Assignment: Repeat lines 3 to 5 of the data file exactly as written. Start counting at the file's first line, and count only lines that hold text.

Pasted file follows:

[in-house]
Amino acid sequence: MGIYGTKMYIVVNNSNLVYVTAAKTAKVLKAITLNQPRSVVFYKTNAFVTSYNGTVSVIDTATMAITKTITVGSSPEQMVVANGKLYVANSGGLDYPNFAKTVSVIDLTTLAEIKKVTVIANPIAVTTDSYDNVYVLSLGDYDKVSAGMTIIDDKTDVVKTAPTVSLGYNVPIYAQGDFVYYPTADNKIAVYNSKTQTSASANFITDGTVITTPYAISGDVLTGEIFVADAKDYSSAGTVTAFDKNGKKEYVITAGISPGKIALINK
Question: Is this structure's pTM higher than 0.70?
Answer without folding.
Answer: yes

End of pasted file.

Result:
Question: Is this structure's pTM higher than 0.70?
Answer without folding.
Answer: yes